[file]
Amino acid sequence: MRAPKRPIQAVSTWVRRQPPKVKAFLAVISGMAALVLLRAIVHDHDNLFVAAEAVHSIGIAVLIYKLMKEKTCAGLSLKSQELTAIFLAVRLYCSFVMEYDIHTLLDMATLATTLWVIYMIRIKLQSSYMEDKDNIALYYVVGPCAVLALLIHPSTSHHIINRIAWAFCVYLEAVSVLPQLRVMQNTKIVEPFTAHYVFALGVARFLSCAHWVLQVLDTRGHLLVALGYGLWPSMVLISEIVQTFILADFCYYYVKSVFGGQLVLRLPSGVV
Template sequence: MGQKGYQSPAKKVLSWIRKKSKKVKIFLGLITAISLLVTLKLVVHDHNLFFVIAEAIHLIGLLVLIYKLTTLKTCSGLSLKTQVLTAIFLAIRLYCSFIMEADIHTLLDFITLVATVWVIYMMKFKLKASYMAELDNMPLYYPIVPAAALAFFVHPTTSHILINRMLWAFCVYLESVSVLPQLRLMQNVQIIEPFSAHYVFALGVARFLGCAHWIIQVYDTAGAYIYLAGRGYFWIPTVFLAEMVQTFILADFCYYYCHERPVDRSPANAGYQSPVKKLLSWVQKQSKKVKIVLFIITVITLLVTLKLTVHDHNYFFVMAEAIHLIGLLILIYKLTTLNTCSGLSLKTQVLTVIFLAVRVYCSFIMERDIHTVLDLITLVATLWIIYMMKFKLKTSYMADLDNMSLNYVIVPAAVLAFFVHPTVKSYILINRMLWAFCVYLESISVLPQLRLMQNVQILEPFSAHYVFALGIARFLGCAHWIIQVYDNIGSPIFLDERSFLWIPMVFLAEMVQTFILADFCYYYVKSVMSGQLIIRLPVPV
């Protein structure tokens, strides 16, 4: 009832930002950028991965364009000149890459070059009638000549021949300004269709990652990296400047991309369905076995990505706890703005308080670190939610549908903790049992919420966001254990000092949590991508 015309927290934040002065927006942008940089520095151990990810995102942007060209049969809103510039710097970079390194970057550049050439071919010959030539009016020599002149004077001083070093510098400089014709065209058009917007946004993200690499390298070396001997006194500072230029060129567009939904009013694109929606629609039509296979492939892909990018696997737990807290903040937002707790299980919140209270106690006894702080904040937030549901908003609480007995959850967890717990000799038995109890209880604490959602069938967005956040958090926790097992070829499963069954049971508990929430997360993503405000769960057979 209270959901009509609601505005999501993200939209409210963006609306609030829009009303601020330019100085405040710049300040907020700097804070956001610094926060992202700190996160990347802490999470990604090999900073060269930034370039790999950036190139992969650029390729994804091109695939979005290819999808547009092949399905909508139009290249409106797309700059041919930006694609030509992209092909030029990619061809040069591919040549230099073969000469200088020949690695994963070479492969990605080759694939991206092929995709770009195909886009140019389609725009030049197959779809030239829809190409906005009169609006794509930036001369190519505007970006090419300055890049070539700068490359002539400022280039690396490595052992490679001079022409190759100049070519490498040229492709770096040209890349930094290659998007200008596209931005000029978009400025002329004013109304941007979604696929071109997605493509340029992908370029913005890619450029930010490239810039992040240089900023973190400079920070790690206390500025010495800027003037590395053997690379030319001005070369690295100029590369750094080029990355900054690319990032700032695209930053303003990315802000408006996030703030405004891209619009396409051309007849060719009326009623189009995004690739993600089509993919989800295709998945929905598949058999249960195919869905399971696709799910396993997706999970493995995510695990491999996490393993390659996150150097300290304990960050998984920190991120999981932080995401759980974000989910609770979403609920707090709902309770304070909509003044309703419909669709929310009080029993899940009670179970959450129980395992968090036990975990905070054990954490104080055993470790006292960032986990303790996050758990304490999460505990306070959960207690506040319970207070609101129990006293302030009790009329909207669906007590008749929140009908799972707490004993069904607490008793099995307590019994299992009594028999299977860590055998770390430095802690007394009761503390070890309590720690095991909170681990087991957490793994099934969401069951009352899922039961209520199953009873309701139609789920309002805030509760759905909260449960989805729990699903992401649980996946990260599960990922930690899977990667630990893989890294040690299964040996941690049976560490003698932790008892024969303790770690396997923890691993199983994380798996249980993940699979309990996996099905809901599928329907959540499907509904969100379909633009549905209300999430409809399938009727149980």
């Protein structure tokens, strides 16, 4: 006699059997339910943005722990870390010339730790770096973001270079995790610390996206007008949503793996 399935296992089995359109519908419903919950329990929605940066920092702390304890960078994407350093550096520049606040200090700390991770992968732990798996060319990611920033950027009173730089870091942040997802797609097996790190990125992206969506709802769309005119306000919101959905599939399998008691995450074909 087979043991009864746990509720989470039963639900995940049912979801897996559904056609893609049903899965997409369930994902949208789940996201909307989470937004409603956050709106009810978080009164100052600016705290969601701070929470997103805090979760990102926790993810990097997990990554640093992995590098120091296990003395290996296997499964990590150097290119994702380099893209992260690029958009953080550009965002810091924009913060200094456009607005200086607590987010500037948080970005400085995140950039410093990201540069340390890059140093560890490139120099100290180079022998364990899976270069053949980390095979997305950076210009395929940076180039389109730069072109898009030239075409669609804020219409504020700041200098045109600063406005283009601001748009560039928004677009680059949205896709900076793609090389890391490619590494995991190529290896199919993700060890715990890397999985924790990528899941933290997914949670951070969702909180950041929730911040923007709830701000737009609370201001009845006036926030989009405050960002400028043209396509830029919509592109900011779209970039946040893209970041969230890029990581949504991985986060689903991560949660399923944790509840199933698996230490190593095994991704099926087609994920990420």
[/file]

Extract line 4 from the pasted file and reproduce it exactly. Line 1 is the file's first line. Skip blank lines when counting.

């Protein structure tokens, strides 16, 4: 006699059997339910943005722990870390010339730790770096973001270079995790610390996206007008949503793996 399935296992089995359109519908419903919950329990929605940066920092702390304890960078994407350093550096520049606040200090700390991770992968732990798996060319990611920033950027009173730089870091942040997802797609097996790190990125992206969506709802769309005119306000919101959905599939399998008691995450074909 087979043991009864746990509720989470039963639900995940049912979801897996559904056609893609049903899965997409369930994902949208789940996201909307989470937004409603956050709106009810978080009164100052600016705290969601701070929470997103805090979760990102926790993810990097997990990554640093992995590098120091296990003395290996296997499964990590150097290119994702380099893209992260690029958009953080550009965002810091924009913060200094456009607005200086607590987010500037948080970005400085995140950039410093990201540069340390890059140093560890490139120099100290180079022998364990899976270069053949980390095979997305950076210009395929940076180039389109730069072109898009030239075409669609804020219409504020700041200098045109600063406005283009601001748009560039928004677009680059949205896709900076793609090389890391490619590494995991190529290896199919993700060890715990890397999985924790990528899941933290997914949670951070969702909180950041929730911040923007709830701000737009609370201001009845006036926030989009405050960002400028043209396509830029919509592109900011779209970039946040893209970041969230890029990581949504991985986060689903991560949660399923944790509840199933698996230490190593095994991704099926087609994920990420």